In its Memorandum to this Court, Editek states that "it has never claimed that Morgan Capital was a ten percent beneficial owner of Preferred Stock. Editek simply argues that Morgan Capital was a beneficial owner because it had a right to acquire beneficial ownership of Editek Common Stock within sixty days after issuance of Preferred Stock through the phase-in of its conversion right and the prevailing stock price for Editek's Common Stock."[1] (Pl.'s Mem. at 13-14) (emphasis added). The Court disagrees.

 
*1233 "Sixty-Day Rule"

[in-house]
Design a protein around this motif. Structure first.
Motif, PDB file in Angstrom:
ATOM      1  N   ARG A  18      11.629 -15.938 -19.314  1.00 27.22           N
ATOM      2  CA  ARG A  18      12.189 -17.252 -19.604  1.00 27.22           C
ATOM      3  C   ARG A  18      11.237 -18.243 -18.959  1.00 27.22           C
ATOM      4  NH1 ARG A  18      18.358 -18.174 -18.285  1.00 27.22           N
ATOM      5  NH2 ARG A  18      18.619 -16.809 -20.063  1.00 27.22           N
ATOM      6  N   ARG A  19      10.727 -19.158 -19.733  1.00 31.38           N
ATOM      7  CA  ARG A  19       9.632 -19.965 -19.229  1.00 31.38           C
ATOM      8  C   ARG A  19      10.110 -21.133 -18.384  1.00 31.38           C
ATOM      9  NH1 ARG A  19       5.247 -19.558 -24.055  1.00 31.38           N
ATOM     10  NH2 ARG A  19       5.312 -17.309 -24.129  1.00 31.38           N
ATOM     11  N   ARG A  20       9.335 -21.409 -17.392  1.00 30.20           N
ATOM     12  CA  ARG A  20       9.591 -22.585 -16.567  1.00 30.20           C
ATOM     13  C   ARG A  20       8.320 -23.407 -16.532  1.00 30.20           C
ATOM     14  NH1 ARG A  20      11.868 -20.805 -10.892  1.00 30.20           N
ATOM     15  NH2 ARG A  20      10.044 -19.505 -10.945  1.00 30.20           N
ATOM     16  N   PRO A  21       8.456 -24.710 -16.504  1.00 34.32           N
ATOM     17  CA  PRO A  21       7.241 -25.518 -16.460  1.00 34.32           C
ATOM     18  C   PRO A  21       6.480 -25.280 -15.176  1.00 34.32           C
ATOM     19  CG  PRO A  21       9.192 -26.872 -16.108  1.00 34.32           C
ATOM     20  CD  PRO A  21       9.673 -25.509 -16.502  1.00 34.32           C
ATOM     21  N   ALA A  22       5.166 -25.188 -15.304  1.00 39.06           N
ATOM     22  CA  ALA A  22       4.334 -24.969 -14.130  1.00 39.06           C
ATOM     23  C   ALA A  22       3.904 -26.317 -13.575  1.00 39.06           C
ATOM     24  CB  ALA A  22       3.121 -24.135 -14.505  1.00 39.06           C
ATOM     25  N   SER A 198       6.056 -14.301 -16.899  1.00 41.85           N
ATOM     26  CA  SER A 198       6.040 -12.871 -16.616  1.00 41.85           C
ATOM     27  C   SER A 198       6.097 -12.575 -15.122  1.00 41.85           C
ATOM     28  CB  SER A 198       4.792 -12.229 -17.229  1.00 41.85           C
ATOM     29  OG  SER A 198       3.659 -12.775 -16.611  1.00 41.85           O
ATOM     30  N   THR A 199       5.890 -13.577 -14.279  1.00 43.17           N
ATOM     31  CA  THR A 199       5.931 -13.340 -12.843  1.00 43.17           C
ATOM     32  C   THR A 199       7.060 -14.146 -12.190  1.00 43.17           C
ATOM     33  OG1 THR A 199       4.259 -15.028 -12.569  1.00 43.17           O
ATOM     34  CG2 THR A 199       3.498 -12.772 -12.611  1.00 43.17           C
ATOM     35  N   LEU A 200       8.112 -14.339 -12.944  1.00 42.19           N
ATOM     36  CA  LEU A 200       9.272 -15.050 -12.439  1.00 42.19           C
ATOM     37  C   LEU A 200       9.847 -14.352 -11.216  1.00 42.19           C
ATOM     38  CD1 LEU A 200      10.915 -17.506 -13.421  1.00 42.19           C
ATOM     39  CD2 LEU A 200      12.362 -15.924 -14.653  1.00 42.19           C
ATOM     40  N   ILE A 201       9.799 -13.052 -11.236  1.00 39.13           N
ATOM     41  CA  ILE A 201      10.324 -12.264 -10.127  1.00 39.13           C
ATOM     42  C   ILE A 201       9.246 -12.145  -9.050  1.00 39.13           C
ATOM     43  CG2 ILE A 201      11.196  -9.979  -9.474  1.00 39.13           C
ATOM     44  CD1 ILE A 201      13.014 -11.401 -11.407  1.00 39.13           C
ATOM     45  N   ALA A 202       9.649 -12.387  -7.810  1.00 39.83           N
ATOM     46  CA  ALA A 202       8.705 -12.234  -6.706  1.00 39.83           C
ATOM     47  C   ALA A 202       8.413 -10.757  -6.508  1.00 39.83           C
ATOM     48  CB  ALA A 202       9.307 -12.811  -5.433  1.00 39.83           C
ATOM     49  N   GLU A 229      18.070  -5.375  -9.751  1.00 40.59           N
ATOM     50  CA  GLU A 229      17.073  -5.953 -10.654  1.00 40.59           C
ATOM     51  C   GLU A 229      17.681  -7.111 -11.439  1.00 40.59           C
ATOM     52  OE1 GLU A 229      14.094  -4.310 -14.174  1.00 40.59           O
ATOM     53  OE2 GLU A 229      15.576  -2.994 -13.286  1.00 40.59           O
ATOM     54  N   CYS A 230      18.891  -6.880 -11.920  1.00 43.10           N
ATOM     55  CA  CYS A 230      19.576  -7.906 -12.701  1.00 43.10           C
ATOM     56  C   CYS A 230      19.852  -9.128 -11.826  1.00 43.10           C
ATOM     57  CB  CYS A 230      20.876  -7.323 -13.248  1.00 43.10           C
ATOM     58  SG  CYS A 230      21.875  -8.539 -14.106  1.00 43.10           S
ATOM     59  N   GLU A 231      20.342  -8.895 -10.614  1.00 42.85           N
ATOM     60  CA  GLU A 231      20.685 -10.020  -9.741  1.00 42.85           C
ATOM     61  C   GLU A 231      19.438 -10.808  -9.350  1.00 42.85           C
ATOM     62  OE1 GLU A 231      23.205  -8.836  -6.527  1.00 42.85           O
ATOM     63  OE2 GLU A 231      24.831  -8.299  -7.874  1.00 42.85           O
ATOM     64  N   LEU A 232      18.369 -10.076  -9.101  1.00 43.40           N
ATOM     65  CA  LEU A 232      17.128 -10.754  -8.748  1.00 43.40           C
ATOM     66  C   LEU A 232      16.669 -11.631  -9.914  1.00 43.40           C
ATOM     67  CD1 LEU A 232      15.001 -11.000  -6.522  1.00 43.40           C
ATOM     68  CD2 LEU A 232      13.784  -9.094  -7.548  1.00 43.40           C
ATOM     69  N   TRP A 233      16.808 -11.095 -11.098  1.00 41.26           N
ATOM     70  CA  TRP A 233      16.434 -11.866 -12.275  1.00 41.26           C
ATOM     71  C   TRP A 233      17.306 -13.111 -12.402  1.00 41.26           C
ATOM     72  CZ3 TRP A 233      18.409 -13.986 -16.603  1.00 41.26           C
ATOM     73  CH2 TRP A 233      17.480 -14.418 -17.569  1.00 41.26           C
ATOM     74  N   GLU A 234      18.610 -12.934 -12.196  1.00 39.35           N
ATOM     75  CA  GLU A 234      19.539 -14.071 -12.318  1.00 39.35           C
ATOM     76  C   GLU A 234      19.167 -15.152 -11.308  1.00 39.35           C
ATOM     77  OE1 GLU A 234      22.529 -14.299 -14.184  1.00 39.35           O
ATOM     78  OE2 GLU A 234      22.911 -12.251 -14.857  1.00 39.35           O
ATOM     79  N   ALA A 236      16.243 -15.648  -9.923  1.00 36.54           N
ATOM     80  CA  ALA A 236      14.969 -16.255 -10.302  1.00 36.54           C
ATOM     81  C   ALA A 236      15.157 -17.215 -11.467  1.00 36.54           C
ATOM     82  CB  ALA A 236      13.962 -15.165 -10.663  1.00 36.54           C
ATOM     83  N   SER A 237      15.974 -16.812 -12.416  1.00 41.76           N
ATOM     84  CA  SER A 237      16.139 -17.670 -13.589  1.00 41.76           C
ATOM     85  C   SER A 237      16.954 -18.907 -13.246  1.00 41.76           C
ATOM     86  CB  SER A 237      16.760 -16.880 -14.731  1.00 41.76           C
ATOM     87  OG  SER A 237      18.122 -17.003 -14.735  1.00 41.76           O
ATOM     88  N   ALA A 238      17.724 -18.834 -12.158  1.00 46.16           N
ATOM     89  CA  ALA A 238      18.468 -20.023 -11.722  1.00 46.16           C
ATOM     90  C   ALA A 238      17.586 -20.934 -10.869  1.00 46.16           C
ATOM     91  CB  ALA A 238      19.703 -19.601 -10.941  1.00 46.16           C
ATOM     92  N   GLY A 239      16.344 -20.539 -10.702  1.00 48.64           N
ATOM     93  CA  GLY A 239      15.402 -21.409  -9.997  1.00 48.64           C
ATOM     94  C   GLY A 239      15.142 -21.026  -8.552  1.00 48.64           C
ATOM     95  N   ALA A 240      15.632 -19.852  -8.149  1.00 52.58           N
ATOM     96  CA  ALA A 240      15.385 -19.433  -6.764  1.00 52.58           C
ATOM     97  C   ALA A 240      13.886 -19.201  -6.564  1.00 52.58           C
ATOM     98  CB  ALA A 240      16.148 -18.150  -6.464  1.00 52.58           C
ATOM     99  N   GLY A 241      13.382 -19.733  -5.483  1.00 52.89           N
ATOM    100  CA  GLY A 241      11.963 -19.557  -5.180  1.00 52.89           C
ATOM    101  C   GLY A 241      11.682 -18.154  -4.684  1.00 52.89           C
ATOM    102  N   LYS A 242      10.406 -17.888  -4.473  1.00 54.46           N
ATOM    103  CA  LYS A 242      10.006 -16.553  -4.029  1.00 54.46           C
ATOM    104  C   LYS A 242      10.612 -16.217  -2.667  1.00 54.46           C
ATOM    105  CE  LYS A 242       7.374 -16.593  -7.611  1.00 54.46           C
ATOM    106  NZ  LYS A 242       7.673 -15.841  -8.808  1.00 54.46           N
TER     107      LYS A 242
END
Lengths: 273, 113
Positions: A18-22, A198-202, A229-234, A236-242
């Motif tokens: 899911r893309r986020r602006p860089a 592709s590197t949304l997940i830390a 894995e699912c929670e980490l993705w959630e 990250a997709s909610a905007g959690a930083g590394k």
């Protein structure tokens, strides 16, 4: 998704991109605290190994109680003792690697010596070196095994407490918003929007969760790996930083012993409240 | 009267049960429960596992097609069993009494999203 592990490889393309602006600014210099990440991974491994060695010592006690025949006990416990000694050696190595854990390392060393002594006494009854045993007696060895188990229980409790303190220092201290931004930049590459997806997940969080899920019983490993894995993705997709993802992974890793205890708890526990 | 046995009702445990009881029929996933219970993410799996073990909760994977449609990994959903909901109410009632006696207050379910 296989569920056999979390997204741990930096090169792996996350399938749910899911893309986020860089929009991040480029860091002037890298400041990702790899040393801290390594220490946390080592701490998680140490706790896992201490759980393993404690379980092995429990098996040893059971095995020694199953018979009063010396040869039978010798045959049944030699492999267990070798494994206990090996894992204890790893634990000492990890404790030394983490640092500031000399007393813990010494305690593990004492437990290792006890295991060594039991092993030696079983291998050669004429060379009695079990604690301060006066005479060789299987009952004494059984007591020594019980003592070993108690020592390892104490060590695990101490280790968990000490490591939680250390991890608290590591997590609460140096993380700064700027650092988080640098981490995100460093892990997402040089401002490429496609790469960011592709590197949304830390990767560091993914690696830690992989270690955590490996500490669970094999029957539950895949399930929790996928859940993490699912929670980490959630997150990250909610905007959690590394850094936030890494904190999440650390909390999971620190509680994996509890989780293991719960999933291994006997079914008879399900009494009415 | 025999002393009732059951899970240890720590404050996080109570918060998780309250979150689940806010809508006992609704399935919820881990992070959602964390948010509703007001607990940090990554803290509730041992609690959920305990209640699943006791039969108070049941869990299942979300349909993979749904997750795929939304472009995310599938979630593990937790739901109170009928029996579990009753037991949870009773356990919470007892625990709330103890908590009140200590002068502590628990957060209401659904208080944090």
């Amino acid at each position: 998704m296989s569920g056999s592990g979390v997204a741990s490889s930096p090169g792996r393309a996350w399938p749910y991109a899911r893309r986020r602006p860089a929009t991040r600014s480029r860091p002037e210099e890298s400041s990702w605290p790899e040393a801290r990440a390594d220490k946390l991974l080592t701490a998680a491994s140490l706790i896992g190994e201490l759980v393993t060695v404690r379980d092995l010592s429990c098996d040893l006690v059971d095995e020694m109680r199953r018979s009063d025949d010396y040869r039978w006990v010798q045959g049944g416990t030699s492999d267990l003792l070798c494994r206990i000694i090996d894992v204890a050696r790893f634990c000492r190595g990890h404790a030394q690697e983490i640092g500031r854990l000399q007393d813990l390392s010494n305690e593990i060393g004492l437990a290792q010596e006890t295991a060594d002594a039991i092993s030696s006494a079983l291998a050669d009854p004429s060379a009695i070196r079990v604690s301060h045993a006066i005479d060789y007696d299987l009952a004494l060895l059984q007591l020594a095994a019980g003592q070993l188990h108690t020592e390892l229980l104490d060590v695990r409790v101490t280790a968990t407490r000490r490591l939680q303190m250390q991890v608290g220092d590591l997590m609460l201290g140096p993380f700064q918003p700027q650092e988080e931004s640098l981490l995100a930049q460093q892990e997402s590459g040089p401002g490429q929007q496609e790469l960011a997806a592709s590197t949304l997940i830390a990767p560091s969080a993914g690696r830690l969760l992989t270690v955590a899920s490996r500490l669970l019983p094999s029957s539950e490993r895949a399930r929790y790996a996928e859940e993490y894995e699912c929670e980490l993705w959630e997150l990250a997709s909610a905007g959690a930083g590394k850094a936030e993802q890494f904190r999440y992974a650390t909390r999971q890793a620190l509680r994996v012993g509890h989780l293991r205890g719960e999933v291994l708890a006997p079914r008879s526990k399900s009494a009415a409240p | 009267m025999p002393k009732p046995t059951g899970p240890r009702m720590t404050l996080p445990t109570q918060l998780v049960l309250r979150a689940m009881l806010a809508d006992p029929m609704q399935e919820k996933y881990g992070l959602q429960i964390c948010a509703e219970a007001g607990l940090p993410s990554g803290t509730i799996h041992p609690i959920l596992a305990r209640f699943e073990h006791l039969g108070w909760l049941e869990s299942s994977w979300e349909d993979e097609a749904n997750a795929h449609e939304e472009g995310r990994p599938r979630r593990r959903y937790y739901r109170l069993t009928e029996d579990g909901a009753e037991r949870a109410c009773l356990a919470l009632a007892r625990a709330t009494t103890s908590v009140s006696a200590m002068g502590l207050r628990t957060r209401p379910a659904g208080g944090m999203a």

Paragraph 12 of the Complaint plainly states: "The right to convert the Preferred Shares was exercisable 60 days after issuance of the shares." (Compl. ¶ 12.) Moreover, the stock agreement itself states that the holder "shall have no right to convert the stock" until the beginning of the Conversion Period, which is defined as the "period commencing on the sixtieth (60th) day following the First Issuance Date." (Block Aff. Ex. 4.) Thus, there was only one day the sixtieth day on which Morgan Capital could actually convert its Preferred Stock within sixty days of issuance. Editek's Complaint contains no allegation that the price of Common Stock on the sixtieth day was low enough that Morgan Capital could have become an owner often percent of the shares of Editek's Common Stock by converting its Preferred Stock on that day. In fact, the Complaint alleges only one date, March 28, 1996, on which the price of the Common Stock was low enough that Morgan Capital's conversion of its Preferred Stock would actually have resulted in its ten percent ownership of Common Stock. On that date, however, Morgan Capital's Preferred Stock was still not exercisable because the Conversion Period had not yet started.